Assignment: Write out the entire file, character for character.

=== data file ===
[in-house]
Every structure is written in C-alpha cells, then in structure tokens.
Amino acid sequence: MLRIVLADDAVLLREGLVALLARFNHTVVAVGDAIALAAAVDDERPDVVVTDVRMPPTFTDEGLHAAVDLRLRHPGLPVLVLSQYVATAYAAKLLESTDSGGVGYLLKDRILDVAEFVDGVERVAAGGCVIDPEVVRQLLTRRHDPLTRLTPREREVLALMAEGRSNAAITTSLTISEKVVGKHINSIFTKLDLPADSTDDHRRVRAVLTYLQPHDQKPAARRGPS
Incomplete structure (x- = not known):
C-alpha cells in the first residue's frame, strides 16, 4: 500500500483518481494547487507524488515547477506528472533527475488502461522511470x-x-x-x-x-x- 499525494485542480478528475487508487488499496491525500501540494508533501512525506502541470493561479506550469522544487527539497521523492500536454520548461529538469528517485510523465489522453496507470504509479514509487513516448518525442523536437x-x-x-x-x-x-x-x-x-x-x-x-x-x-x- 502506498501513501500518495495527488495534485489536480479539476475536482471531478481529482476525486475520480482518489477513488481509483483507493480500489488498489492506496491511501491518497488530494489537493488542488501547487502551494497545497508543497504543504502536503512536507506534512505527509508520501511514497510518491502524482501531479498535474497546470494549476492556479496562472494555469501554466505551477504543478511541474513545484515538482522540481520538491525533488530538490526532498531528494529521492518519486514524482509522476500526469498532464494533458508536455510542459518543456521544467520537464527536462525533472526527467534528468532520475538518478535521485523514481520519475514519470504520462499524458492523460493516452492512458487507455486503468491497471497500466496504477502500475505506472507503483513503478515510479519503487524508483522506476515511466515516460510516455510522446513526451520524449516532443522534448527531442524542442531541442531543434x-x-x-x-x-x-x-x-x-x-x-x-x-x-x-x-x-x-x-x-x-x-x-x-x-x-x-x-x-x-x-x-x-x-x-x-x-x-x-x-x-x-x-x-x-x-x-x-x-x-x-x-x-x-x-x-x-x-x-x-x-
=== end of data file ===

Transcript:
[in-house]
Every structure is written in C-alpha cells, then in structure tokens.
Amino acid sequence: MLRIVLADDAVLLREGLVALLARFNHTVVAVGDAIALAAAVDDERPDVVVTDVRMPPTFTDEGLHAAVDLRLRHPGLPVLVLSQYVATAYAAKLLESTDSGGVGYLLKDRILDVAEFVDGVERVAAGGCVIDPEVVRQLLTRRHDPLTRLTPREREVLALMAEGRSNAAITTSLTISEKVVGKHINSIFTKLDLPADSTDDHRRVRAVLTYLQPHDQKPAARRGPS
Incomplete structure (x- = not known):
C-alpha cells in the first residue's frame, strides 16, 4: 500500500483518481494547487507524488515547477506528472533527475488502461522511470x-x-x-x-x-x- 499525494485542480478528475487508487488499496491525500501540494508533501512525506502541470493561479506550469522544487527539497521523492500536454520548461529538469528517485510523465489522453496507470504509479514509487513516448518525442523536437x-x-x-x-x-x-x-x-x-x-x-x-x-x-x- 502506498501513501500518495495527488495534485489536480479539476475536482471531478481529482476525486475520480482518489477513488481509483483507493480500489488498489492506496491511501491518497488530494489537493488542488501547487502551494497545497508543497504543504502536503512536507506534512505527509508520501511514497510518491502524482501531479498535474497546470494549476492556479496562472494555469501554466505551477504543478511541474513545484515538482522540481520538491525533488530538490526532498531528494529521492518519486514524482509522476500526469498532464494533458508536455510542459518543456521544467520537464527536462525533472526527467534528468532520475538518478535521485523514481520519475514519470504520462499524458492523460493516452492512458487507455486503468491497471497500466496504477502500475505506472507503483513503478515510479519503487524508483522506476515511466515516460510516455510522446513526451520524449516532443522534448527531442524542442531541442531543434x-x-x-x-x-x-x-x-x-x-x-x-x-x-x-x-x-x-x-x-x-x-x-x-x-x-x-x-x-x-x-x-x-x-x-x-x-x-x-x-x-x-x-x-x-x-x-x-x-x-x-x-x-x-x-x-x-x-x-x-x-